jojo 29 jojo29118 at
Tue Jan 25 14:45:39 CET 2005


I'm french (I live in Lyon) and english is not my native language. In my 
mind, "fastless" meaned "slower", "less fast than".

Delta Trinity, do you confirm that for "prime functions" 
(mpz_probab_prime_p, etc.) GMP is the fastest? And for multiplications? 
power (a^x by example)?

... I've tested the time that GMP and NTL need to realize ten iterations of 
the "Miller-Rabin primality test". GMP needs 4.8 seconds and NTL needs 48 
seconds! So, ten times more!! If you speak a little french, you can have a 
look on :

Thanks for your help to all! (and don't hesitate to ask if you don't 
understand what i mean...)


>From: gmp-discuss-request at Reply-To: gmp-discuss at To: 
>gmp-discuss at Subject: gmp-discuss Digest, Vol 17, Issue 6 Date: 
>Tue, 25 Jan 2005 12:00:02 +0100 (CET)
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>Today's Topics:
>    1. RE: NTL vs GMP (delta trinity)
>Message: 1 Date: Mon, 24 Jan 2005 08:24:49 -0500 From: "delta trinity" 
><deltatrinity at> Subject: RE: NTL vs GMP To: gmp-discuss at 
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>I used both GMP and NTL.
>Both libraries are arbitrary precision number library.  However, there are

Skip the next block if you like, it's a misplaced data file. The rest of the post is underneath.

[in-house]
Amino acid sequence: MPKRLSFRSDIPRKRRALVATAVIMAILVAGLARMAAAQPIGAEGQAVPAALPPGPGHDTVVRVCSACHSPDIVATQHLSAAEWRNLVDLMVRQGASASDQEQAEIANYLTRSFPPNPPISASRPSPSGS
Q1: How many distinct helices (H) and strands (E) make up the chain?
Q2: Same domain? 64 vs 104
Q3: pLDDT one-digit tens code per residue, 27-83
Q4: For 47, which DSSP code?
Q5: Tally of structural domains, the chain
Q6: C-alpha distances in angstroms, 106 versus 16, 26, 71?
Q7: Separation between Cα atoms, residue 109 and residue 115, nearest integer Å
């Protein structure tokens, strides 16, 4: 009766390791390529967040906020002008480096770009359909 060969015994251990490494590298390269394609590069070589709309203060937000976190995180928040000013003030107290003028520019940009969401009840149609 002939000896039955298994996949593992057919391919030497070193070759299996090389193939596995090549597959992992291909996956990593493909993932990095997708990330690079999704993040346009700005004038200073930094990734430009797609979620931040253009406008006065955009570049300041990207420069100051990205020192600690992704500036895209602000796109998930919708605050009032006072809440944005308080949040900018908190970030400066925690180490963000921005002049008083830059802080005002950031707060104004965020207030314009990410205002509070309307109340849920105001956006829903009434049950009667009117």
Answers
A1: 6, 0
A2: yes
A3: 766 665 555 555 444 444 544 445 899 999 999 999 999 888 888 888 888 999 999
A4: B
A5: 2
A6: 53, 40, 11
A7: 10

>strength and weekness to both.  It just depend on your application.
>GMP is designed to be fast.  It can be highly optimized for specific target 
>processor.  The core is written in assembly.  It contain some number theory 
>functions too, like Legendre, GCD, ...  If can work on 3 different kind of 
>numbers, which are integer, real numbers (float) and rationals (like 21/8). 
>Though, the weakness is in the availability (or rather, the lack of it) of 
>the real numbers functions, like cos, sin, log, ln, exp, ...  Though, there 
>is an extention, called mpfr, which can be built with GMP and support those 
>functions.  Mpfr is maintained by third-party.  GMP is written if 'c' 
>(appart from the assembly core).  It's interface is 'c'.  There are c++ 
>wrappers, but it's pretty just that, a wrapper.
>NTL is slower than GMP.  It's written solely in c++ (no assembly).  It's 
>interface is c++.  It is easier to use in a c++ environment.  Though, being 
>written in c++, it is much slower that GMP.  However, it can be compiled 
>using GMP as it's core, making it much faster.  Still, being c++, with all 
>the class initialization and destruction, it is still slower than pure GMP. 
>Where in GMP you can initialize variables globally, the one that you use 
>often, in critical loops, in NTL, there's a lot of internal code that 
>construct and destroy classes, making it slower.
>However, NTL is not built around absolute speed, but rather as a number 
>theory package (as the acronym imply).  It contain very powerfull number 
>theory functions, like polynomial arithmetics, arythmetics under modulo, 
>...   This is not available in GMP, which was not created with the idea of 
>being number theoric, but rather a very fast library.
>Both GMP and NTL are designed to be portable across multiple platforms.
>Hope this help.
> >From: "jojo 29" <jojo29118 at> >To: gmp-discuss at 
> >Subject: NTL vs GMP >Date: Sun, 23 Jan 2005 16:08:35 +0000 > 
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